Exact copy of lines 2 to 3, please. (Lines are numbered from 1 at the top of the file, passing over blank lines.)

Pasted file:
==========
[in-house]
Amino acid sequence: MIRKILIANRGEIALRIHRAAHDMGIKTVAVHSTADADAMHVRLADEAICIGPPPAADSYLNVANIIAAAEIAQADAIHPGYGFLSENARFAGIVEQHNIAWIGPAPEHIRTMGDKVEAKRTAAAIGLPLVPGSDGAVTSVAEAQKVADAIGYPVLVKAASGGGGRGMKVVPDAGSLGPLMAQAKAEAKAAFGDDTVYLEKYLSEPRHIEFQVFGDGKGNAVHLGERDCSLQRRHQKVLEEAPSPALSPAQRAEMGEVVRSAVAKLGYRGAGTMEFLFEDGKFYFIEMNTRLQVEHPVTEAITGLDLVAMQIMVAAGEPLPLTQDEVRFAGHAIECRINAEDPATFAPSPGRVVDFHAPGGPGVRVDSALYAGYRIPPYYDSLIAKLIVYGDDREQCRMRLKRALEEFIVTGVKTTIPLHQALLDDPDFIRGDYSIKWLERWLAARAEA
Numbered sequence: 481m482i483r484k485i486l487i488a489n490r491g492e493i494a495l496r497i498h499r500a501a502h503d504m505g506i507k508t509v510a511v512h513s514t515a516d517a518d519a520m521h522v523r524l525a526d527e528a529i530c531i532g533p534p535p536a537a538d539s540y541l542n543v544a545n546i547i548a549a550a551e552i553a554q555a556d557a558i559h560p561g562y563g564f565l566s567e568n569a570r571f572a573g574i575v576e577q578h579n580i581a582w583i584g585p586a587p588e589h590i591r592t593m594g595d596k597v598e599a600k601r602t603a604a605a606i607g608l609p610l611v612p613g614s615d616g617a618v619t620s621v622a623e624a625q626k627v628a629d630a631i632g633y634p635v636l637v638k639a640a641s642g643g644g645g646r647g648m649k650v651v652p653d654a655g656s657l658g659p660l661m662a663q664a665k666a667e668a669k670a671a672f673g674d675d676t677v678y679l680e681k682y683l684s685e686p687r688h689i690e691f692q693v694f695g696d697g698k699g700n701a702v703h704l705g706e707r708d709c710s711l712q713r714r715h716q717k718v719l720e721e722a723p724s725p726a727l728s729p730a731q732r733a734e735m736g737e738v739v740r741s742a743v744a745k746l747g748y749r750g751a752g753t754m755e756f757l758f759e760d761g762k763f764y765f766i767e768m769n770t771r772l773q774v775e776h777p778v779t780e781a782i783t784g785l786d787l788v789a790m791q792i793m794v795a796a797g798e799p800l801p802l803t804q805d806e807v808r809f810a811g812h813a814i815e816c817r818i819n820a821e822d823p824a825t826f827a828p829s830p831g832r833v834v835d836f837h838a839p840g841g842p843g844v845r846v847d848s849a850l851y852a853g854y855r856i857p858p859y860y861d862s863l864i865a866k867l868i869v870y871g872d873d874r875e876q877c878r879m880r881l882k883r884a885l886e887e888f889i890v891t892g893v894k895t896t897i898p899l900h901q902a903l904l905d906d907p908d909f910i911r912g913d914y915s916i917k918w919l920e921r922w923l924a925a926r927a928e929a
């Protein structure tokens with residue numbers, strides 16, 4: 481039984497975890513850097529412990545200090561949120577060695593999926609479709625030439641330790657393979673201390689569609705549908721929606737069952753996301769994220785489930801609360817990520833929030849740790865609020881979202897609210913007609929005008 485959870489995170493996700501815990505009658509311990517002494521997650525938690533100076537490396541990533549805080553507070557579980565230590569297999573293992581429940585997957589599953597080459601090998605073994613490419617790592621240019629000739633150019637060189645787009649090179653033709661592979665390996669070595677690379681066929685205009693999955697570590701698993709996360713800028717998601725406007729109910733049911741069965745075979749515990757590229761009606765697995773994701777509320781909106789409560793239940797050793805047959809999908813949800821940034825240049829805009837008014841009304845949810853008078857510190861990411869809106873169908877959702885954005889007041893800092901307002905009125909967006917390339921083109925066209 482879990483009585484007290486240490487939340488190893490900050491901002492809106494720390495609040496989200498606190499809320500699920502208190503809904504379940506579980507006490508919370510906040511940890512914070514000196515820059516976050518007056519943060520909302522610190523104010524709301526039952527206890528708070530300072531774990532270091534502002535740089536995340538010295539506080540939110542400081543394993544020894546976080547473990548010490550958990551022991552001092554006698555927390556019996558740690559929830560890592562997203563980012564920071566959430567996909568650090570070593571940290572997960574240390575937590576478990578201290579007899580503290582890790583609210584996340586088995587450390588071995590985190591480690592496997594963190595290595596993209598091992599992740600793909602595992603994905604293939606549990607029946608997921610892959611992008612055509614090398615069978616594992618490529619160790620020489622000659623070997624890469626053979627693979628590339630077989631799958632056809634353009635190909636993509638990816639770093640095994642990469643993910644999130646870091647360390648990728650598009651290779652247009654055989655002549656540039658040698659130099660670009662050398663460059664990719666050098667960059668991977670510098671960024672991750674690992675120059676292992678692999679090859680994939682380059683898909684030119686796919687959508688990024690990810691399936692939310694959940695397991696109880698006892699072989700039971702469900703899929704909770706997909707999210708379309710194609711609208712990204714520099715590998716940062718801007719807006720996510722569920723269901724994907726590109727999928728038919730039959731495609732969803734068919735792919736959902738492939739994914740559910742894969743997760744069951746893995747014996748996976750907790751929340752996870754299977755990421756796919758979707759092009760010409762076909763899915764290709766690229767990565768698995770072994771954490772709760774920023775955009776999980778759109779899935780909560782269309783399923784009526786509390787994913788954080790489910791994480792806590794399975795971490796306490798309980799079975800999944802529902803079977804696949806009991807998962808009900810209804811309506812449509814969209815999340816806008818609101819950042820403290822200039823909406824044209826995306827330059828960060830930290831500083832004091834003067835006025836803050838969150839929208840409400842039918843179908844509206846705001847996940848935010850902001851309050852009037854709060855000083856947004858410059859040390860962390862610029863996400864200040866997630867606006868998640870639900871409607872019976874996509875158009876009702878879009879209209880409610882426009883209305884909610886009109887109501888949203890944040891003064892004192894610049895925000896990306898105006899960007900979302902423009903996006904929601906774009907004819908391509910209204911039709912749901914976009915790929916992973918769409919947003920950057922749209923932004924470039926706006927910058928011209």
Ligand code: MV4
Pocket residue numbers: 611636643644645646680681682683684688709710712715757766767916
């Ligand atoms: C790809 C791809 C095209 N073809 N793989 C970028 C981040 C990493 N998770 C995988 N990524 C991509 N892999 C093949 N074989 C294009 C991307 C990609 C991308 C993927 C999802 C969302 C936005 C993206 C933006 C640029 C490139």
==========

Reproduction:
Amino acid sequence: MIRKILIANRGEIALRIHRAAHDMGIKTVAVHSTADADAMHVRLADEAICIGPPPAADSYLNVANIIAAAEIAQADAIHPGYGFLSENARFAGIVEQHNIAWIGPAPEHIRTMGDKVEAKRTAAAIGLPLVPGSDGAVTSVAEAQKVADAIGYPVLVKAASGGGGRGMKVVPDAGSLGPLMAQAKAEAKAAFGDDTVYLEKYLSEPRHIEFQVFGDGKGNAVHLGERDCSLQRRHQKVLEEAPSPALSPAQRAEMGEVVRSAVAKLGYRGAGTMEFLFEDGKFYFIEMNTRLQVEHPVTEAITGLDLVAMQIMVAAGEPLPLTQDEVRFAGHAIECRINAEDPATFAPSPGRVVDFHAPGGPGVRVDSALYAGYRIPPYYDSLIAKLIVYGDDREQCRMRLKRALEEFIVTGVKTTIPLHQALLDDPDFIRGDYSIKWLERWLAARAEA
Numbered sequence: 481m482i483r484k485i486l487i488a489n490r491g492e493i494a495l496r497i498h499r500a501a502h503d504m505g506i507k508t509v510a511v512h513s514t515a516d517a518d519a520m521h522v523r524l525a526d527e528a529i530c531i532g533p534p535p536a537a538d539s540y541l542n543v544a545n546i547i548a549a550a551e552i553a554q555a556d557a558i559h560p561g562y563g564f565l566s567e568n569a570r571f572a573g574i575v576e577q578h579n580i581a582w583i584g585p586a587p588e589h590i591r592t593m594g595d596k597v598e599a600k601r602t603a604a605a606i607g608l609p610l611v612p613g614s615d616g617a618v619t620s621v622a623e624a625q626k627v628a629d630a631i632g633y634p635v636l637v638k639a640a641s642g643g644g645g646r647g648m649k650v651v652p653d654a655g656s657l658g659p660l661m662a663q664a665k666a667e668a669k670a671a672f673g674d675d676t677v678y679l680e681k682y683l684s685e686p687r688h689i690e691f692q693v694f695g696d697g698k699g700n701a702v703h704l705g706e707r708d709c710s711l712q713r714r715h716q717k718v719l720e721e722a723p724s725p726a727l728s729p730a731q732r733a734e735m736g737e738v739v740r741s742a743v744a745k746l747g748y749r750g751a752g753t754m755e756f757l758f759e760d761g762k763f764y765f766i767e768m769n770t771r772l773q774v775e776h777p778v779t780e781a782i783t784g785l786d787l788v789a790m791q792i793m794v795a796a797g798e799p800l801p802l803t804q805d806e807v808r809f810a811g812h813a814i815e816c817r818i819n820a821e822d823p824a825t826f827a828p829s830p831g832r833v834v835d836f837h838a839p840g841g842p843g844v845r846v847d848s849a850l851y852a853g854y855r856i857p858p859y860y861d862s863l864i865a866k867l868i869v870y871g872d873d874r875e876q877c878r879m880r881l882k883r884a885l886e887e888f889i890v891t892g893v894k895t896t897i898p899l900h901q902a903l904l905d906d907p908d909f910i911r912g913d914y915s916i917k918w919l920e921r922w923l924a925a926r927a928e929a